The Catholic Church celebrates the feast of Our Lady,
Help of Christians May 24. In 2008, Pope Benedict XVI established the feast as a world day
of prayer for the church in China because Mary is venerated under that title at the Marian shrine
in Sheshan, outside Shanghai, China.
At the end of his general audience talk in St. Peter's
Square May 23, Pope
Francis said the feast day "invites us to be united spiritually with all
the Catholic faithful who live in China."
He asked people pray to Our Lady so that Catholics there
would be able "to live the faith with generosity and serenity" and so
that they would know how to carry out "concrete gestures of fraternity,
harmony and reconciliation, in full communion with the successor of
"Dear disciples of the Lord in China, the universal
church prays with you and for you so that even in the midst of difficulties you may continue to
trust in God's will," he said.
- - -
Editors: Here is the prayer in English that Pope Benedict
XVI released in 2008 on the occasion of the World Day of Prayer for the Church
in China: https://w2.vatican.va/content/benedict-xvi/en/prayers/documents/hf_ben-xvi_20080515_prayer-sheshan.html
In Chinese: https://w2.vatican.va/content/benedict-xvi/zh_tw/prayers/documents/hf_ben-xvi_20080515_prayer-sheshan.html- - -Copyright © 2018 Catholic News Service/U.S. Conference of Catholic Bishops. www.catholicnews.com. All rights reserved. Republishing or redistributing of CNS content, including by framing or similar means without prior permission, is prohibited. You may link to stories on our public site. This copy is for your personal, non-commercial use only. To request permission for republishing or redistributing of CNS content, please contact permissions at firstname.lastname@example.org.
IMAGE: CNS photo/Tyler OrsburnBy Carol ZimmermannWASHINGTON (CNS) -- The executive director of the U.S.
bishops' Migration and Refugee Services gives credit to a group of moderate Republicans
in Congress trying to revive interest in Deferred Action for Childhood Arrivals
legislation, or DACA, by their efforts to bring not just one bill, but four, to
the House floor.
are surfacing the issue forcefully and making the House deal with it,"
said William Canny. Although
he believes the bills could bring about a "path forward," he said he is
not fully convinced it will happen because of the extent of anti-immigrant sentiment
in Congress and the White House.A current
proposal, led by Reps. JeffDenham, R- California, and Will Hurd,
R-Texas, along with members of the Congressional Hispanic Caucus, is tapping
into an obscure House rule called "queen of the hill" which would bring
four immigration bills to the House floor for a vote and the bill with the most
votes would pass.
Congress to even consider these multiple bills, there needs to be enough signatures
on a discharge petition. As of May 21, 20 Republicans and 176 Democrats have
signed the petition, which needs signatures from 25 Republicans and all 193
If the "queen
of the hill" procedure gets the go-ahead, there will be debate on each of
the four bills in the course of one day, followed by votes. Another technicality
of this procedure is that discharged bills can only be brought to the House
floor on the second and fourth Monday of each month, when the House is in
session, which narrows the window for this to happen to June 25 and July 23.
meantime, it's a waiting game, Canny told Catholic News Service.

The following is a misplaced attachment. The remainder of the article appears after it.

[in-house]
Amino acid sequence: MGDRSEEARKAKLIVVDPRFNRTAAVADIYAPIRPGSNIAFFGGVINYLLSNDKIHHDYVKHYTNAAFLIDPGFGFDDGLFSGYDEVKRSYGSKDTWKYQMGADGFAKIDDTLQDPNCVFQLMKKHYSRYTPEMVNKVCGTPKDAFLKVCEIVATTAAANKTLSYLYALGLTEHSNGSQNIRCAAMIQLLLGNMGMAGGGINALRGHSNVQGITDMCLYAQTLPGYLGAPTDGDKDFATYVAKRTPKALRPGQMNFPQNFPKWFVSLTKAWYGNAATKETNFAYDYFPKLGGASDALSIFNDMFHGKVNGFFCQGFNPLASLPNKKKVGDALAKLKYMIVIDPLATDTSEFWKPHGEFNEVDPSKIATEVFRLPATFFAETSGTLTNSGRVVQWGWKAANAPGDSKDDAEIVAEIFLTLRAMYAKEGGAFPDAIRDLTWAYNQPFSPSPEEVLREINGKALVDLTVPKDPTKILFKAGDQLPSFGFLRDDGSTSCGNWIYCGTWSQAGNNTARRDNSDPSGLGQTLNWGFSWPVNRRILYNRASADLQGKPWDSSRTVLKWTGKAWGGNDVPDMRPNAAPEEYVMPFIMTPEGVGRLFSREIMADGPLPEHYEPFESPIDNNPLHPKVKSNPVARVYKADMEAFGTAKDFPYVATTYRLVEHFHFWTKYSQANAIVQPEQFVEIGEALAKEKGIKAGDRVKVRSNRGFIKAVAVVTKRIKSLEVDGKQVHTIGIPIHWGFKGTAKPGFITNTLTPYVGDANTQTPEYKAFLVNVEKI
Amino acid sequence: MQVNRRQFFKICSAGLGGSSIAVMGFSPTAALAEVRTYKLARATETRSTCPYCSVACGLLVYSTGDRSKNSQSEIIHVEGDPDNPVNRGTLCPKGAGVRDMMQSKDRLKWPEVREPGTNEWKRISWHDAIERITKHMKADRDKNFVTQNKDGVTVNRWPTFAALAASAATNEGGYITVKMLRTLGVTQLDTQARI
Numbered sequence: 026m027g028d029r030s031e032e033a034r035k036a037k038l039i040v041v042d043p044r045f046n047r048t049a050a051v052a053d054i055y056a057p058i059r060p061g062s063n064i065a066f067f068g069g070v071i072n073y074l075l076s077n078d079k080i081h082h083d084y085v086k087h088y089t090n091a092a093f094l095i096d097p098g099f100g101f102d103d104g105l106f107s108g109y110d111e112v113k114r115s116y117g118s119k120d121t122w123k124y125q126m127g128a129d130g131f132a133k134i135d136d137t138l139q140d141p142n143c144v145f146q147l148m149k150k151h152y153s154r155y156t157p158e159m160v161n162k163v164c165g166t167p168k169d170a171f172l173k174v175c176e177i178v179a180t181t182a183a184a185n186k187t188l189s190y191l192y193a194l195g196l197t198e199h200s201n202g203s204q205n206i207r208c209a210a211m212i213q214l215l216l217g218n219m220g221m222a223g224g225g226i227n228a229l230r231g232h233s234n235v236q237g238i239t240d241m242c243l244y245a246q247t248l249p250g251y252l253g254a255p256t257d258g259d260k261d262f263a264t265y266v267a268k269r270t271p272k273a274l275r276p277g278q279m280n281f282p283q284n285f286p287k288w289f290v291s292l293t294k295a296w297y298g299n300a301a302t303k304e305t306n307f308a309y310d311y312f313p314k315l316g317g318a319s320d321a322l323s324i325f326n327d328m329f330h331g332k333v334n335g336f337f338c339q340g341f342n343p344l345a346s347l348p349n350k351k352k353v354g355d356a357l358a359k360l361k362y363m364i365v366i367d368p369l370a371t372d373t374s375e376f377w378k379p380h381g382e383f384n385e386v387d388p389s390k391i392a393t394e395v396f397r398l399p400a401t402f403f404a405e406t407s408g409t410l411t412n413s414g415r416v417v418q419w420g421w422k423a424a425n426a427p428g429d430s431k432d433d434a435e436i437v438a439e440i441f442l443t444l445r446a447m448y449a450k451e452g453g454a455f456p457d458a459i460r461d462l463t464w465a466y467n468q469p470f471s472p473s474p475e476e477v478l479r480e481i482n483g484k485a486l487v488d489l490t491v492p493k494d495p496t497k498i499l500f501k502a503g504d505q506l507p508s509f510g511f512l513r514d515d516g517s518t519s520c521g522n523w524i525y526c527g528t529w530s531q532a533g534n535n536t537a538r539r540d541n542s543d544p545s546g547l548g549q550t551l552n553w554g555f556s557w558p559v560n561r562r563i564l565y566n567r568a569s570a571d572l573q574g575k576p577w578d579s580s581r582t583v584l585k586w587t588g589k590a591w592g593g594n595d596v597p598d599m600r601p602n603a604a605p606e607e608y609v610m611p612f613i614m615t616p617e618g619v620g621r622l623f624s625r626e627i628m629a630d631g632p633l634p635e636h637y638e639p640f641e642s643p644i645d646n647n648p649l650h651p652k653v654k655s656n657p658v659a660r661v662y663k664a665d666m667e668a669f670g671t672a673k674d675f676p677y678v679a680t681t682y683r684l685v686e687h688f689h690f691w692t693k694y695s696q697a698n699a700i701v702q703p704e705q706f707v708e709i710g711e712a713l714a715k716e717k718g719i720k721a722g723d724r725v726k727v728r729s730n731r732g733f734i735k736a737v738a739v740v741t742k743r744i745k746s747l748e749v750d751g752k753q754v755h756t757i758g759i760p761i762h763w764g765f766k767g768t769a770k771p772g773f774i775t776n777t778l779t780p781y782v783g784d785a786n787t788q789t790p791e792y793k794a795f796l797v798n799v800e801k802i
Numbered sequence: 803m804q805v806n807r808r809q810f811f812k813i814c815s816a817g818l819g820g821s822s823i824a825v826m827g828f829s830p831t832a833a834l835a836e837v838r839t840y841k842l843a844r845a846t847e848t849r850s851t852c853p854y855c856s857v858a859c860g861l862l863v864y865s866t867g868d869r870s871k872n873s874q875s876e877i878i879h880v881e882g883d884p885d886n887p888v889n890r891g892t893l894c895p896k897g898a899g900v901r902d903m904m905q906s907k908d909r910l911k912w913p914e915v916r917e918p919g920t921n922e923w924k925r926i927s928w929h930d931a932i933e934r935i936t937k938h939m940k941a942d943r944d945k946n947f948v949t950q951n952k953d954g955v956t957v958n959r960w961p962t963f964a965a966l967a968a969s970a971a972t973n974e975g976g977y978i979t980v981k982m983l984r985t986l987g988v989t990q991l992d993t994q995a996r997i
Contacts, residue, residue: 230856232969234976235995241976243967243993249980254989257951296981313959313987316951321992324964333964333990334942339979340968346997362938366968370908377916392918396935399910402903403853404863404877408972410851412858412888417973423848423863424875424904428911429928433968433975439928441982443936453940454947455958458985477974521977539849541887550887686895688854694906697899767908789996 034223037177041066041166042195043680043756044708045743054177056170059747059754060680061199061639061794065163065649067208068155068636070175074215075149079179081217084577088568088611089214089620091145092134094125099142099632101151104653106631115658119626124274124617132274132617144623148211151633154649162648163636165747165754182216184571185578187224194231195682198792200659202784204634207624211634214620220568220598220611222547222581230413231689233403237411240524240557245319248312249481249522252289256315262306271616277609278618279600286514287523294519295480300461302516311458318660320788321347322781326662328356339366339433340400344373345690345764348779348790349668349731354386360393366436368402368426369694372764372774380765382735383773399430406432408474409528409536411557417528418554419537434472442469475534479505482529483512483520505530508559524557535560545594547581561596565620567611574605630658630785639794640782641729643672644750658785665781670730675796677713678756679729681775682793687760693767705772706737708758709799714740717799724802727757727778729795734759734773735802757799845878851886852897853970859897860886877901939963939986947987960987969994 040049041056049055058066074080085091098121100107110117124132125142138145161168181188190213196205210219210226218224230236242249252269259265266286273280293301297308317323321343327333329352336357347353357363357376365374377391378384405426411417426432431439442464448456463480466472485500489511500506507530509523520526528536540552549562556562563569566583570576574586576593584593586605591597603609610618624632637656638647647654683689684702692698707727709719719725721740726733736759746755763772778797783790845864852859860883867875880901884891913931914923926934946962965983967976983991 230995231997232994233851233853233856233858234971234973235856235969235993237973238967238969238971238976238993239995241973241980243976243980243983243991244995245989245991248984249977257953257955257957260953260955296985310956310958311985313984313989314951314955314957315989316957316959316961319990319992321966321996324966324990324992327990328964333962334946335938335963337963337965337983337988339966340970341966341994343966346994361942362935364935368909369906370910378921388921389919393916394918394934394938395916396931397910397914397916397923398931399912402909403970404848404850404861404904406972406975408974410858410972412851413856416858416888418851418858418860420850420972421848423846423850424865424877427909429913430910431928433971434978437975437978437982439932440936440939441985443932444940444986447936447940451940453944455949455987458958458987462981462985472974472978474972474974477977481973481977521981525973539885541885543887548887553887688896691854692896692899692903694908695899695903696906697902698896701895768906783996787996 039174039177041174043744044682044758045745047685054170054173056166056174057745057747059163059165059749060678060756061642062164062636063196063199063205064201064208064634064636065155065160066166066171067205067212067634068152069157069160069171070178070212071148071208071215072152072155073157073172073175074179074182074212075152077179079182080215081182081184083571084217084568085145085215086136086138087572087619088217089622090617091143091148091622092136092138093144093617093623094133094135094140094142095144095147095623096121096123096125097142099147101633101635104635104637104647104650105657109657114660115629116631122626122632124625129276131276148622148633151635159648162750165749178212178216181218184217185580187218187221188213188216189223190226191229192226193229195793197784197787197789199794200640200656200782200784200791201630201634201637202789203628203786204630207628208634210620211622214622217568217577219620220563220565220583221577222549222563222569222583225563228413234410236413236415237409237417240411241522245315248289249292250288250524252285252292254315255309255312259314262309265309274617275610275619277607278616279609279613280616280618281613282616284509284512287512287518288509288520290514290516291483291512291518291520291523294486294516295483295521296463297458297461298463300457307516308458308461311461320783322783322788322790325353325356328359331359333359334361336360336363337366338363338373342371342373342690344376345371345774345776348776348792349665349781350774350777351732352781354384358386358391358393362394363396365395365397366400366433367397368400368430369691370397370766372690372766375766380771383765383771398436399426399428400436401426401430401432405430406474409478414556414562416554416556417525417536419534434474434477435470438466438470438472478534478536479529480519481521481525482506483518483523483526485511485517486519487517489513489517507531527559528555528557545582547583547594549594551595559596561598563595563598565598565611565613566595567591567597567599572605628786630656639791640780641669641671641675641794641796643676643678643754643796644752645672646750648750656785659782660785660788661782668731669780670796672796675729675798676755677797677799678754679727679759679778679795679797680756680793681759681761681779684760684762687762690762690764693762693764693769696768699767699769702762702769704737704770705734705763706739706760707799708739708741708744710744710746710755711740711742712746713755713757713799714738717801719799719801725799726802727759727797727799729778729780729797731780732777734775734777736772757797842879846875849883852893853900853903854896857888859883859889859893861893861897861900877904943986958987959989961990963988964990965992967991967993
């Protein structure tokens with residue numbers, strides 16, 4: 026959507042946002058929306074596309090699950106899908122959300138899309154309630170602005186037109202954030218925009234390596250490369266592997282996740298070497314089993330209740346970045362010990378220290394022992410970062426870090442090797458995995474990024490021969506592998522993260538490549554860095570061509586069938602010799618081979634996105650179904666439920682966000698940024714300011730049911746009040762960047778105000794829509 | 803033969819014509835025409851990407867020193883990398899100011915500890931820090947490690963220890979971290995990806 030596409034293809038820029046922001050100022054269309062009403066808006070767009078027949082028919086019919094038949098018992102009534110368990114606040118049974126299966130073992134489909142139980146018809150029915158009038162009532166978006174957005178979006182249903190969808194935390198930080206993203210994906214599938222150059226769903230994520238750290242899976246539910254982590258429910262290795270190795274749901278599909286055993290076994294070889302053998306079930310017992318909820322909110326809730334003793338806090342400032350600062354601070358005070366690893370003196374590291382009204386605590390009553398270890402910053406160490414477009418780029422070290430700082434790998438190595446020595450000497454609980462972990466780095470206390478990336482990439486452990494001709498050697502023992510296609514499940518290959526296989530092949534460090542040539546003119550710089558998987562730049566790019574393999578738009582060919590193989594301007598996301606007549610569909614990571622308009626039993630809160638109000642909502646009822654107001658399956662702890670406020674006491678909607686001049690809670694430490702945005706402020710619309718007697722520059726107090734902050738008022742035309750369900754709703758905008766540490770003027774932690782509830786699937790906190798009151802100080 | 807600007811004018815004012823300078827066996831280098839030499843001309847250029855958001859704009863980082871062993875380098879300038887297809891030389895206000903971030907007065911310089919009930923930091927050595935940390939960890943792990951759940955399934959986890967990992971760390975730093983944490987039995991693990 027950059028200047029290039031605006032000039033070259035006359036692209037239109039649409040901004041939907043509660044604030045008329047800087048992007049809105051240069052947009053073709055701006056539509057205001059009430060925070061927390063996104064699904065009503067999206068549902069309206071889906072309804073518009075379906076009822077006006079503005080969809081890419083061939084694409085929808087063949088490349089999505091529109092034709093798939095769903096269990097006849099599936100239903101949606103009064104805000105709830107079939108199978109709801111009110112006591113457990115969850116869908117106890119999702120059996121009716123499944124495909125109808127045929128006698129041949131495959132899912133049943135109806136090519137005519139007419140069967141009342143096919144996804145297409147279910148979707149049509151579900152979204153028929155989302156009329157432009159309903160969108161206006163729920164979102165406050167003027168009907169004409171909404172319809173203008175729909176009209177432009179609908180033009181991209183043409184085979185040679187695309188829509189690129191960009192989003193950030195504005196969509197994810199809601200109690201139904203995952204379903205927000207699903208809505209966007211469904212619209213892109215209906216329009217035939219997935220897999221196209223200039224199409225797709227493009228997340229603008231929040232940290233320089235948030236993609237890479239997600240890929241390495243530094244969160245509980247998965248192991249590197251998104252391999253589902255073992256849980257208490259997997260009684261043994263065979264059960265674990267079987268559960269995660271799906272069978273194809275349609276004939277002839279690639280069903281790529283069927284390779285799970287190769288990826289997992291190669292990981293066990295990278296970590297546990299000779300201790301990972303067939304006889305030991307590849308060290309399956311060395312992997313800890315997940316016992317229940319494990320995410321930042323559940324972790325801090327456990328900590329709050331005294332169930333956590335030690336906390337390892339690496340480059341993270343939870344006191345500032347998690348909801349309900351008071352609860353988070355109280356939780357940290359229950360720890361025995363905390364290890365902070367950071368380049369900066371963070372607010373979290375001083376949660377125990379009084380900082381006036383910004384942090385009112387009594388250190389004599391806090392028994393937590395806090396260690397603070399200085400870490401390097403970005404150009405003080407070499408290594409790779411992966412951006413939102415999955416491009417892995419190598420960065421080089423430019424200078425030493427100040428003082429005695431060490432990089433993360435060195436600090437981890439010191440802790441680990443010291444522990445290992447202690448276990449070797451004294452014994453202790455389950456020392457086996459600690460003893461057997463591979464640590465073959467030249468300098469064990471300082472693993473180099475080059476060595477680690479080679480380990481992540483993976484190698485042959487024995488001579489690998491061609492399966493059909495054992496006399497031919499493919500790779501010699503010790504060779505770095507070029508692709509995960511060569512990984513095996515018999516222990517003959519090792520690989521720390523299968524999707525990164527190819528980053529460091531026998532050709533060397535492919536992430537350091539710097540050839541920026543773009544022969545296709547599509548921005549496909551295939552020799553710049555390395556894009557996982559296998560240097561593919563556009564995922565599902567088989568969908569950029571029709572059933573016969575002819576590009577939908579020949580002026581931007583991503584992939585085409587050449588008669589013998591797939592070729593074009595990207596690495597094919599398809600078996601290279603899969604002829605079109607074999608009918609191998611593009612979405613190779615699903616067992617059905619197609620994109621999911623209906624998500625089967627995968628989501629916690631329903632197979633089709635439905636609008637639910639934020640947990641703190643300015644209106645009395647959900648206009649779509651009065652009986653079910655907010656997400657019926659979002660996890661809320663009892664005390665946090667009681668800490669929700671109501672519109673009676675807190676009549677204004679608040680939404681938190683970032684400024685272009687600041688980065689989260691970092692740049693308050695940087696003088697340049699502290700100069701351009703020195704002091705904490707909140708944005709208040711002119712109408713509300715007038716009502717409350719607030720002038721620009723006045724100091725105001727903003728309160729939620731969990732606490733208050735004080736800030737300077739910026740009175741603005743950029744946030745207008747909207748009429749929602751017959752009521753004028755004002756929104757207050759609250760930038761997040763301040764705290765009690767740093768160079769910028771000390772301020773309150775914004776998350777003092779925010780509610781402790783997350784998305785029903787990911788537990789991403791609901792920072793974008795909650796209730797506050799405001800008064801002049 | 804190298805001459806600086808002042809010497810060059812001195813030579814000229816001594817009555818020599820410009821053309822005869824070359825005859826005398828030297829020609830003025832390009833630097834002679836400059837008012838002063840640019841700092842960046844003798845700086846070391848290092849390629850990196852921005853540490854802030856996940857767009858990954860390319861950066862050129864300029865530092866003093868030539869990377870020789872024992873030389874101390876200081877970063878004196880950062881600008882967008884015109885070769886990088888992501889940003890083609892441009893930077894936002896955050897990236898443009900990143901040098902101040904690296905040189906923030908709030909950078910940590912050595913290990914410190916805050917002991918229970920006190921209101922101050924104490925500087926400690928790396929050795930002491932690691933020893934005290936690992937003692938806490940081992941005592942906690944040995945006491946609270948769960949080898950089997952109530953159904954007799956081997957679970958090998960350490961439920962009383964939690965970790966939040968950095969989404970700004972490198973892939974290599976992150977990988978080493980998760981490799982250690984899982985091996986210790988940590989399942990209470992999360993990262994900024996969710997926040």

the U.S. bishops want Congress to help Dreamers find a path to stay in this country
and become citizens "without the fear and stress" they currently live
with daily. He also called it "tragic" that DACA recipients -- who
have been here since childhood and have been educated here -- are currently left
"to the whims of various courts."
Trump announced last September that he was terminating DACA, he asked Congress
to pass a permanent legislative solution for DACA participants. His March 5
deadline has passed and now the DACA battle is in the courts with multiple
lawsuits challenging Trump's decision and seven states filing a lawsuit to try
to end DACA.
four DACA bills that could come up for vote are: Securing America's Future Act, also known as Goodlatte
Bill, written by Rep. Bob Goodlatte, R-Virginia; the DREAM Act; the Uniting and
Securing America Act (USA) Act; and a fourth bill that will be chosen by House
Speaker Paul Ryan, R-Wisconsin.
Bill would grant temporary status for DACA recipients with renewable three-year
visas and would include stronger border enforcement and legal immigration
restrictions. The DREAM Act primarily offers a path to citizenship for DACA
recipients and other Dreamers. The USA Act, sponsored by Reps. Denham and Pete
Aguilar, D-California, would grant permanent legal status to qualified Dreamers
and border improvements.
four bills do not come up for House vote, Securing America's Future Act could
come to a floor vote in mid-June but it is said to have little chance of
passing in its current form.
said the U.S. bishops have supported the DREAM Act and the USA Act, which have
narrow immigration reform, but they are against the restrictions within the Goodlatte
Bill, and of course they don't know what Ryan bill would look like.
California bishops placed an ad in a local newspaper May 18 asking House
Majority Leader Kevin McCarthy, R-California, to allow a debate and a vote on
DACA, specifically the USA Act. The ad, in the form of a letter, urged McCarthy
to recognize: "The time to act is now. We have to do what we can to
protect these blameless people who were brought into our country when they were
only small children."
April, the chairman of the U.S. Conference of Catholic Bishops' Committee on Migration, Bishop Joe S. Vasquez